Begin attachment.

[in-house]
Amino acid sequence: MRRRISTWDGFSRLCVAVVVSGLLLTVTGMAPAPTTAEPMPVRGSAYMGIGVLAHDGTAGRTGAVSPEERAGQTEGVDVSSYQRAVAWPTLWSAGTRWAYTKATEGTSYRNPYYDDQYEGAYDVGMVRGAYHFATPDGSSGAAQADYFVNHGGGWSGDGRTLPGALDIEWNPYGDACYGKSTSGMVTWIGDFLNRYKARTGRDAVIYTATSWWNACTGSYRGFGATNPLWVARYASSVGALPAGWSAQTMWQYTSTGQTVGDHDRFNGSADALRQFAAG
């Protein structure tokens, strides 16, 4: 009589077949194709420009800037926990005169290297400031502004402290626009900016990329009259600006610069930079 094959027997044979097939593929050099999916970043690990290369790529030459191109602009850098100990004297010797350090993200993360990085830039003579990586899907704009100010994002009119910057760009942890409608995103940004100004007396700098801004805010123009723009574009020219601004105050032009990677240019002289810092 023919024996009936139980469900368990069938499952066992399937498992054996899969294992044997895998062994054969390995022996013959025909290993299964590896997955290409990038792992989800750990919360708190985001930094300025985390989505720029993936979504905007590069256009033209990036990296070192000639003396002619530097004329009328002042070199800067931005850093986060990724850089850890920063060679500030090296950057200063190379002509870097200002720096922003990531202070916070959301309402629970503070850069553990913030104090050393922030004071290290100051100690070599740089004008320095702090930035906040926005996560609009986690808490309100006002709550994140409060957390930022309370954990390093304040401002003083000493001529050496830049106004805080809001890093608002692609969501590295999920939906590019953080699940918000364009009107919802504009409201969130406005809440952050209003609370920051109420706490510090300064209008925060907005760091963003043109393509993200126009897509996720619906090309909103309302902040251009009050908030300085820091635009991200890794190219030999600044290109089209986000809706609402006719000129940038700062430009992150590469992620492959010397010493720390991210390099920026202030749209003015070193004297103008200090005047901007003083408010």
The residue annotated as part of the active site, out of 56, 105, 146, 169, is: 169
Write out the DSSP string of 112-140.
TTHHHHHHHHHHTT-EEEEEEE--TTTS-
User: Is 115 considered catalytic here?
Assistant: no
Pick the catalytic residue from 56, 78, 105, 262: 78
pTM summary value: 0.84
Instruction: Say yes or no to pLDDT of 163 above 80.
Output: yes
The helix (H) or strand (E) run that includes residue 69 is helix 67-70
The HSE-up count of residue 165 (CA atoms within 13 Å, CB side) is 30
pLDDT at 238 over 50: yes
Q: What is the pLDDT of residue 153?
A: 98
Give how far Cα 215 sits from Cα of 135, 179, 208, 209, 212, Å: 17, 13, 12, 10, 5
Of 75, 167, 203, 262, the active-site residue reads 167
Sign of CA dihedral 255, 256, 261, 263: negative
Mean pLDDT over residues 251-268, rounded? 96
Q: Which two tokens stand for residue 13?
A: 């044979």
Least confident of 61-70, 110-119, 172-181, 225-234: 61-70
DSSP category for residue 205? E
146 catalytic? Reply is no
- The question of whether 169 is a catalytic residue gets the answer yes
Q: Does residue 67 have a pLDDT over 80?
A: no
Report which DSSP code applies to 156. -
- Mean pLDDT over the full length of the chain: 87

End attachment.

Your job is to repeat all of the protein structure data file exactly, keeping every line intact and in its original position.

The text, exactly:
[in-house]
Amino acid sequence: MRRRISTWDGFSRLCVAVVVSGLLLTVTGMAPAPTTAEPMPVRGSAYMGIGVLAHDGTAGRTGAVSPEERAGQTEGVDVSSYQRAVAWPTLWSAGTRWAYTKATEGTSYRNPYYDDQYEGAYDVGMVRGAYHFATPDGSSGAAQADYFVNHGGGWSGDGRTLPGALDIEWNPYGDACYGKSTSGMVTWIGDFLNRYKARTGRDAVIYTATSWWNACTGSYRGFGATNPLWVARYASSVGALPAGWSAQTMWQYTSTGQTVGDHDRFNGSADALRQFAAG
């Protein structure tokens, strides 16, 4: 009589077949194709420009800037926990005169290297400031502004402290626009900016990329009259600006610069930079 094959027997044979097939593929050099999916970043690990290369790529030459191109602009850098100990004297010797350090993200993360990085830039003579990586899907704009100010994002009119910057760009942890409608995103940004100004007396700098801004805010123009723009574009020219601004105050032009990677240019002289810092 023919024996009936139980469900368990069938499952066992399937498992054996899969294992044997895998062994054969390995022996013959025909290993299964590896997955290409990038792992989800750990919360708190985001930094300025985390989505720029993936979504905007590069256009033209990036990296070192000639003396002619530097004329009328002042070199800067931005850093986060990724850089850890920063060679500030090296950057200063190379002509870097200002720096922003990531202070916070959301309402629970503070850069553990913030104090050393922030004071290290100051100690070599740089004008320095702090930035906040926005996560609009986690808490309100006002709550994140409060957390930022309370954990390093304040401002003083000493001529050496830049106004805080809001890093608002692609969501590295999920939906590019953080699940918000364009009107919802504009409201969130406005809440952050209003609370920051109420706490510090300064209008925060907005760091963003043109393509993200126009897509996720619906090309909103309302902040251009009050908030300085820091635009991200890794190219030999600044290109089209986000809706609402006719000129940038700062430009992150590469992620492959010397010493720390991210390099920026202030749209003015070193004297103008200090005047901007003083408010």
The residue annotated as part of the active site, out of 56, 105, 146, 169, is: 169
Write out the DSSP string of 112-140.
TTHHHHHHHHHHTT-EEEEEEE--TTTS-
User: Is 115 considered catalytic here?
Assistant: no
Pick the catalytic residue from 56, 78, 105, 262: 78
pTM summary value: 0.84
Instruction: Say yes or no to pLDDT of 163 above 80.
Output: yes
The helix (H) or strand (E) run that includes residue 69 is helix 67-70
The HSE-up count of residue 165 (CA atoms within 13 Å, CB side) is 30
pLDDT at 238 over 50: yes
Q: What is the pLDDT of residue 153?
A: 98
Give how far Cα 215 sits from Cα of 135, 179, 208, 209, 212, Å: 17, 13, 12, 10, 5
Of 75, 167, 203, 262, the active-site residue reads 167
Sign of CA dihedral 255, 256, 261, 263: negative
Mean pLDDT over residues 251-268, rounded? 96
Q: Which two tokens stand for residue 13?
A: 């044979």
Least confident of 61-70, 110-119, 172-181, 225-234: 61-70
DSSP category for residue 205? E
146 catalytic? Reply is no
- The question of whether 169 is a catalytic residue gets the answer yes
Q: Does residue 67 have a pLDDT over 80?
A: no
Report which DSSP code applies to 156. -
- Mean pLDDT over the full length of the chain: 87